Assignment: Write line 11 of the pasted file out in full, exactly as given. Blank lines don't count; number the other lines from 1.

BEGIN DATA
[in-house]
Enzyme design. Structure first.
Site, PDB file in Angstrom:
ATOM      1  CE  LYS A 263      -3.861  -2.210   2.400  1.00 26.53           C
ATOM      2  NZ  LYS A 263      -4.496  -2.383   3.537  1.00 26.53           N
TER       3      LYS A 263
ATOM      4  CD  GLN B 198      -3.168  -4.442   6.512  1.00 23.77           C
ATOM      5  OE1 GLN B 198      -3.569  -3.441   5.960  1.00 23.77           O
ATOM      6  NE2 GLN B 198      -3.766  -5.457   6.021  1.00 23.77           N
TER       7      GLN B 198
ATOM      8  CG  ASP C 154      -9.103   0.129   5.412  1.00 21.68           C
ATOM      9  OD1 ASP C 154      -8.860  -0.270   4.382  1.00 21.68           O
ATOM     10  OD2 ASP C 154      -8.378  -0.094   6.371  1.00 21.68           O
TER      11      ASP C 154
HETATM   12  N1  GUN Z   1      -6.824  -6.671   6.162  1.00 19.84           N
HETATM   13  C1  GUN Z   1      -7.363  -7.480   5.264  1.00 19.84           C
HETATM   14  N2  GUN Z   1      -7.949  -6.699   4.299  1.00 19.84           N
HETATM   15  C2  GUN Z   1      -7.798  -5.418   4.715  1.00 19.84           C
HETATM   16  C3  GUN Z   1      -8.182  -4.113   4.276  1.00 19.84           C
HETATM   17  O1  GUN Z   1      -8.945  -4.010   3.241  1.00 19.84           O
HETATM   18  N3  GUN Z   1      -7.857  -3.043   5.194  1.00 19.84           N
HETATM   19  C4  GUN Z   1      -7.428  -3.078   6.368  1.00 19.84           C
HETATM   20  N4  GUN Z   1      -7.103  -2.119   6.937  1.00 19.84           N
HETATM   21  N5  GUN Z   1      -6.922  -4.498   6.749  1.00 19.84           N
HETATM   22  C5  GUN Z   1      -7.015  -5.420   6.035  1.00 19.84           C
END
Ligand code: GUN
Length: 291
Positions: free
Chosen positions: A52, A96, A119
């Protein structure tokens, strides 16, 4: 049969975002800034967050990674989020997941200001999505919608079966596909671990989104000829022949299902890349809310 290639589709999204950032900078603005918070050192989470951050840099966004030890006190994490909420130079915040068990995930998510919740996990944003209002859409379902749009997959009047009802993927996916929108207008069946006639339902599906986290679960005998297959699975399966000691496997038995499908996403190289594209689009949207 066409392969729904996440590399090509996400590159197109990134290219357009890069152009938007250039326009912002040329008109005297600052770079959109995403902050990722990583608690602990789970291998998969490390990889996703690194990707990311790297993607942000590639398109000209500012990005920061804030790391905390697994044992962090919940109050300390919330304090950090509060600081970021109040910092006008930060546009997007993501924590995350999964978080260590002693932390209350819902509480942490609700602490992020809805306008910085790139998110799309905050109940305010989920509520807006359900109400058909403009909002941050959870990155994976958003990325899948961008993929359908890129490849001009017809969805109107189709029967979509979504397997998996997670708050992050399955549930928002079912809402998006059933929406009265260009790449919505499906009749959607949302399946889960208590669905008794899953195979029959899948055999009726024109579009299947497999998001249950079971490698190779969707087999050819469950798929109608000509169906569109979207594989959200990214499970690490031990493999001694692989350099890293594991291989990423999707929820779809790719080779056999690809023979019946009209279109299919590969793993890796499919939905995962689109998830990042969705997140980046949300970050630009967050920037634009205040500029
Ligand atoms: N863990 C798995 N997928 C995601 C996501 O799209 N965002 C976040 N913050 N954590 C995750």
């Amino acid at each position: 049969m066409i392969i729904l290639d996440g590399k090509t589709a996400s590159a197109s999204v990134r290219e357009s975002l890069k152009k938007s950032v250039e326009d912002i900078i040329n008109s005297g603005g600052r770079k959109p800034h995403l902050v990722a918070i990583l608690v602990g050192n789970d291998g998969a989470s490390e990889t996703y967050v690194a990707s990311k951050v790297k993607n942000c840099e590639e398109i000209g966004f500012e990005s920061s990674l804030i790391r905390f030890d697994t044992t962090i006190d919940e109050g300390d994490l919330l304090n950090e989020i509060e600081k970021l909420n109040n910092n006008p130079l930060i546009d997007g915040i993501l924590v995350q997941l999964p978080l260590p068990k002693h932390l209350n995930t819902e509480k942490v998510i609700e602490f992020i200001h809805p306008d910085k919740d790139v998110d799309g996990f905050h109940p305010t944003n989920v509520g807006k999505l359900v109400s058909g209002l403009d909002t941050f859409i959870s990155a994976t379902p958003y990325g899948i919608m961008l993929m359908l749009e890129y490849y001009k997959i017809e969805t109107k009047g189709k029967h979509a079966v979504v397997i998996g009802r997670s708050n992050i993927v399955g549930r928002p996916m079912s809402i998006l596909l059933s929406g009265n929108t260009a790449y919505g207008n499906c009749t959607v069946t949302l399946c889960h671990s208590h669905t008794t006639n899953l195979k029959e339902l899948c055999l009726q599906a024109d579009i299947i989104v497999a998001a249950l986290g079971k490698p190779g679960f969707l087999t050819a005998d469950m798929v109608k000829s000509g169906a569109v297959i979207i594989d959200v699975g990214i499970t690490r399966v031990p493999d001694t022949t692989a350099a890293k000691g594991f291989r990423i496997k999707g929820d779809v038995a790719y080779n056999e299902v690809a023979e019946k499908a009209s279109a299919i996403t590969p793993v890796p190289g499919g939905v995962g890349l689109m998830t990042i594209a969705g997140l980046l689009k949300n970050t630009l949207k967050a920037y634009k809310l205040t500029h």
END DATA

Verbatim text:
ATOM      8  CG  ASP C 154      -9.103   0.129   5.412  1.00 21.68           C